Warren’s New Goal: Actually Draining the Swamp

Commentary

Elizabeth Warren, Joan of Arc
Reading Time: 5 minutes

Perhaps the GQ headline put it best: “Sen. Elizabeth Warren Chose a Hell of a Day to Unveil Her Sweeping Anti-Corruption Bill.”

That phrase could be taken two ways: the evils Warren (D-MA) targeted were dramatized on August 21, when she unveiled her anti-corruption package in a hard-hitting speech at the National Press Club. That, of course, was the day that Paul Manafort, former chair of Donald Trump’s presidential campaign, was convicted of tax and bank fraud, and Trump’s long-time personal lawyer Michael Cohen pleaded guilty to tax and bank fraud as well as violating campaign finance law.

With so much breaking news, the big mainstream media sites did not have much time to actually report what she proposed.  

And when Warren did get some space, the media largely viewed her anti-corruption pitch as an indictment of Trump. But from the outset, Warren made clear that wasn’t the case. “The problem is far bigger than Trump,” she said.

There’s a “crisis of faith” in government now, and fewer than one in five Americans trust that federal policymakers will do the right thing most of the time, she said. In 1958, 73 percent of Americans put their trust in Washington.

“I’m sure the people who make big money off the current system will yell and scream and spend millions of dollars trying to stop these changes.”

Such a lack of trust, she said,” leads people to turn away from democracy,” and helps foster both cynicism and totalitarianism. “Americans are right” to think that government doesn’t work for them, she added. It works for “the rich, powerful, well-connected.”

For that reason, she was offering up what she termed the “most ambitious anti-corruption legislation … since Watergate.”

Her aim? To do away with “soft corruption” by curbing the buying and selling of influence on Capitol Hill and in the White House.

Essentially, the bill would make “soft corruption” illegal. It’s not intended as legislation that would get passed by Congress in one big stroke. It’s more a comprehensive list of all the things lawmakers could do to actually drain the swamp.

“Inside Washington, some of these proposals will be very unpopular, even with some of my friends,” Warren acknowledged. “Outside Washington, I expect that most people will see these ideas as no-brainers and be shocked they’re not already the law.”

This bill is mostly about the evils of lobbying. Warren contends that too many corporate lobbyists have too much sway in Congress, the White House, and even in the courts.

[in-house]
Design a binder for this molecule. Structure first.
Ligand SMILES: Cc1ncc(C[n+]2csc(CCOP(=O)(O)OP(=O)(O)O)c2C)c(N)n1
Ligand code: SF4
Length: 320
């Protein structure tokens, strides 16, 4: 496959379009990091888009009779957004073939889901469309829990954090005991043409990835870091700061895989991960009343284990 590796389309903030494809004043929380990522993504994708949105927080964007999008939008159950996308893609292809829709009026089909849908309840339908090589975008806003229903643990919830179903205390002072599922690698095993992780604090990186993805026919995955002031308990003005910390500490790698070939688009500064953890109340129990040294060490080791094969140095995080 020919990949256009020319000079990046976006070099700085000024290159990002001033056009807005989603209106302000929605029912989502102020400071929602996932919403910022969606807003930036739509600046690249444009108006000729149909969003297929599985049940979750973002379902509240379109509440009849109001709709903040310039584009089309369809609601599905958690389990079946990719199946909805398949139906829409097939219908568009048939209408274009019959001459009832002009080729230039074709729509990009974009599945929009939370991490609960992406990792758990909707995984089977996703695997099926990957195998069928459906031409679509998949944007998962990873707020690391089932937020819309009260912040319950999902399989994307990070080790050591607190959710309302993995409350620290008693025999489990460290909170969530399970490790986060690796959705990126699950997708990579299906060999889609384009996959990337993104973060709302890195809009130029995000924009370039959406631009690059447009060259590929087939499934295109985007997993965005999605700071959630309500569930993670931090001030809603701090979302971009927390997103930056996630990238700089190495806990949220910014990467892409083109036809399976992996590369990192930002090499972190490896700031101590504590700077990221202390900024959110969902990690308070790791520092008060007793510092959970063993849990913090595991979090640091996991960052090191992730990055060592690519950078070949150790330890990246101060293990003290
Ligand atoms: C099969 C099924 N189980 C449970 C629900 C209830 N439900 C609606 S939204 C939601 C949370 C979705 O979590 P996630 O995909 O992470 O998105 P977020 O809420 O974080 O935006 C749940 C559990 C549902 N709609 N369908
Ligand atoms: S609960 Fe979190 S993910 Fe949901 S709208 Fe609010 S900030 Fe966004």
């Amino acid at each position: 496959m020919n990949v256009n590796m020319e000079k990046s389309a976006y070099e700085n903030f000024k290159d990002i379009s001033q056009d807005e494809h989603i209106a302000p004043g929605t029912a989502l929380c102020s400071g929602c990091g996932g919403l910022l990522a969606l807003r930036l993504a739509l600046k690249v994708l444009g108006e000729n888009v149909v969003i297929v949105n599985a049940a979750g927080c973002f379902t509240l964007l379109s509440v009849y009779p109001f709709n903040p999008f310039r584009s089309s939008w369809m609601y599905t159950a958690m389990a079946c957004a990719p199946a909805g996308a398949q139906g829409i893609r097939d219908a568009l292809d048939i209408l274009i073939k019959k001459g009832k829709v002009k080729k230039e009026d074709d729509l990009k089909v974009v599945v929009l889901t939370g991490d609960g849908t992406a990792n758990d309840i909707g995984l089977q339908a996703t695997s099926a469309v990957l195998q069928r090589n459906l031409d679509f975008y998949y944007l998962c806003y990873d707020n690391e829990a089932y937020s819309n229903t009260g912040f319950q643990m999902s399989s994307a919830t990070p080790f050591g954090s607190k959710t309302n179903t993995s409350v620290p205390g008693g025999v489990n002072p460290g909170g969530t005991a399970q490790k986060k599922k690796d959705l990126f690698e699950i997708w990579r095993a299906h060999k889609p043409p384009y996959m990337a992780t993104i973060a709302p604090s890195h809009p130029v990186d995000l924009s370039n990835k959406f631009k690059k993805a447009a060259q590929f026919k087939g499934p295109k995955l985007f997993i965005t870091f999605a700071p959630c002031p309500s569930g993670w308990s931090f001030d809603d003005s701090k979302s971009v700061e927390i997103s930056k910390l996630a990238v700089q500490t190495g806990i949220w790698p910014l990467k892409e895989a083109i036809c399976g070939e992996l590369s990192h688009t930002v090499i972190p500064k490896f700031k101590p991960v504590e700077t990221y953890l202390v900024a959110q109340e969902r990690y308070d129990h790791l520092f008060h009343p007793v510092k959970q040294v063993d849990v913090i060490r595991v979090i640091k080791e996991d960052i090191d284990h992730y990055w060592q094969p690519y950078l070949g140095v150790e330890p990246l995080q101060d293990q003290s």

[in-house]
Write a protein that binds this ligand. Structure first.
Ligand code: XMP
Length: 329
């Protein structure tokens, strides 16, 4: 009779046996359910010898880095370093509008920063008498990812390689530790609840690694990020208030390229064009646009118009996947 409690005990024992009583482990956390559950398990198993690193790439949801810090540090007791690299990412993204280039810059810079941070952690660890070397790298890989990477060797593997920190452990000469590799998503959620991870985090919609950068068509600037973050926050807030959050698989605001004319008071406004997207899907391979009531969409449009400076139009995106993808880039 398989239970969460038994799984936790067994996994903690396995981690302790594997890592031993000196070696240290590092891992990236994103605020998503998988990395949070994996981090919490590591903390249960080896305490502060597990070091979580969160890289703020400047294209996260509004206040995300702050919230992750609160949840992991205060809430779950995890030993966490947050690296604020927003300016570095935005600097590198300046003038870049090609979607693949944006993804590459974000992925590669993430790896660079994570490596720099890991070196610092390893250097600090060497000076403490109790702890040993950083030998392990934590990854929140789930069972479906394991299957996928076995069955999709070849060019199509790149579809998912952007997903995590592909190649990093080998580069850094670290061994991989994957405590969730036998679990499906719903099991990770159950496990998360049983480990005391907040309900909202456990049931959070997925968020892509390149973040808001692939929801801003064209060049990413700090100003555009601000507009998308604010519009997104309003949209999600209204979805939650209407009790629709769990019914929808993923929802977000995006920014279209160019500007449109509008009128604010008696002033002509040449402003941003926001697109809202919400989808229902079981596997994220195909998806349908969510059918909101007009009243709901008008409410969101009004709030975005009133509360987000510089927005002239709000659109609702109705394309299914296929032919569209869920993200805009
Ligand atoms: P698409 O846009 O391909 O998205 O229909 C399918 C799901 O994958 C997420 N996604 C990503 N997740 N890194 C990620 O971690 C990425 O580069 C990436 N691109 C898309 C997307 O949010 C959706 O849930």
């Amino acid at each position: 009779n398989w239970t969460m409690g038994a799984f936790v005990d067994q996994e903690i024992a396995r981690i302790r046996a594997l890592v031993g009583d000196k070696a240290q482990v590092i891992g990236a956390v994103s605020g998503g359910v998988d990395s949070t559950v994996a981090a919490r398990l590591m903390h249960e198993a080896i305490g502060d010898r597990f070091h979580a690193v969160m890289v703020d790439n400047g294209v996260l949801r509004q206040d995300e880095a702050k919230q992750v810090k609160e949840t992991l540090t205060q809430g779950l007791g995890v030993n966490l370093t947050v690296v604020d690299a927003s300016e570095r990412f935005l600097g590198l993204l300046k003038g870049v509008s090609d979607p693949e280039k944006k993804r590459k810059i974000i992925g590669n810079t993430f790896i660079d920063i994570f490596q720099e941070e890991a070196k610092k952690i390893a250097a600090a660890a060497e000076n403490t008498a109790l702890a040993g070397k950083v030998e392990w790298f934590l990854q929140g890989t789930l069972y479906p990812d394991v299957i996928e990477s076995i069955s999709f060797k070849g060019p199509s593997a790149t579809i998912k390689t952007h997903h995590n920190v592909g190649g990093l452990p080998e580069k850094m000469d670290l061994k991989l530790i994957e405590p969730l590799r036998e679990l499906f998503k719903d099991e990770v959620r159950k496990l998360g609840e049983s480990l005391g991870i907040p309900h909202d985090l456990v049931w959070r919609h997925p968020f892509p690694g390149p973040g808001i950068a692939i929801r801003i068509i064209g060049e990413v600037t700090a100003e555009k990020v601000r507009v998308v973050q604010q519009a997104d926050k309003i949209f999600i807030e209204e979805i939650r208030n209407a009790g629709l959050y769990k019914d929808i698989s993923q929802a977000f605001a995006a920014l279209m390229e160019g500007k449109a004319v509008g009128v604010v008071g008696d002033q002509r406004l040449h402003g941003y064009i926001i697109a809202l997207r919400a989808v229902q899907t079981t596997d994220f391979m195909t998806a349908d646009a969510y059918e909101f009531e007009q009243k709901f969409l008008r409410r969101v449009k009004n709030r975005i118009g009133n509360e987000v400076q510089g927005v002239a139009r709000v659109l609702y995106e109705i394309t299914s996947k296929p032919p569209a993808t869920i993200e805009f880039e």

As Congress’s own “in-house expertise” shrinks, she charged, lobbyists fill the vacuum with testimony and slanted studies, “so only lobbyist stories get heard.”

Too many people who actually try to influence the government don’t have to report what they’re doing because they don’t have to register as federal lobbyists to begin with.

Too many lobbyists blithely waltz in and out of government positions, enhancing their ability to influence public policy.

Related: New Frontline in the Battle for Campaign Finance Reform

And too many members of Congress and agency staffers leave public service to take well-paying jobs lobbying their former colleagues.

Her bill would broaden the definition of lobbyist to include anyone who tries to influence federal policy. So the corporate CEO who met with powerful members of key committees would have to register as a lobbyist, not just the lobbying firm the CEO hired to help his company push its agenda.

Warren’s bill would also:

  • Prohibit all former members of Congress, presidents, vice presidents, cabinet secretaries, and federal judges from ever lobbying the federal government.
  • Bar former government staffers from immediately taking cushy jobs lobbying their colleagues with the very corporations their agencies used to oversee. They’d have to wait six years.
  • Bar corporate lobbyists from taking federal jobs for six years after they quit lobbying.
  • Ban any American from taking foreign money — from governments, individuals, or companies — to influence US policy.
  • No longer permit lobbyists to give either gifts or political donations to the public officials they are trying to persuade.
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Other reforms in her package include: preventing senior agency officials and lawmakers from owning and trading individual stocks; increasing transparency at federal courts; and imposing stricter ethics rules on all judges, including members of the Supreme Court.

All these new rules would be enforced by what she termed “a new sheriff” — an independent US Office of Public Integrity, which would have the power to subpoena witnesses, investigate, and fine violators, or refer miscreants to the Department of Justice for criminal prosecution.

And yes, some reforms were clearly aimed at preventing more Trumpian abuses. The Internal Revenue Service would be required to disclose eight years of tax returns for every candidate for president and vice president, and then annually, while these elected officials hold federal office.

Presidents and vice presidents also could no longer hold onto any business interest or investment that could pose a real or potential conflict of interest.

Warren clearly could not ignore the elephant in the room. The current administration is “the most corrupt in our lifetimes … the biggest, stinkiest” illustration of the problem, she said.

Lewis Powell, memo

Lewis Powell, Jr., author of the Powell Memo, spurred the growth of corporate lobbying. Photo credit: Adapted by WhoWhatWhy from Library of Congress / Wikimedia

Birth of the Lobbyist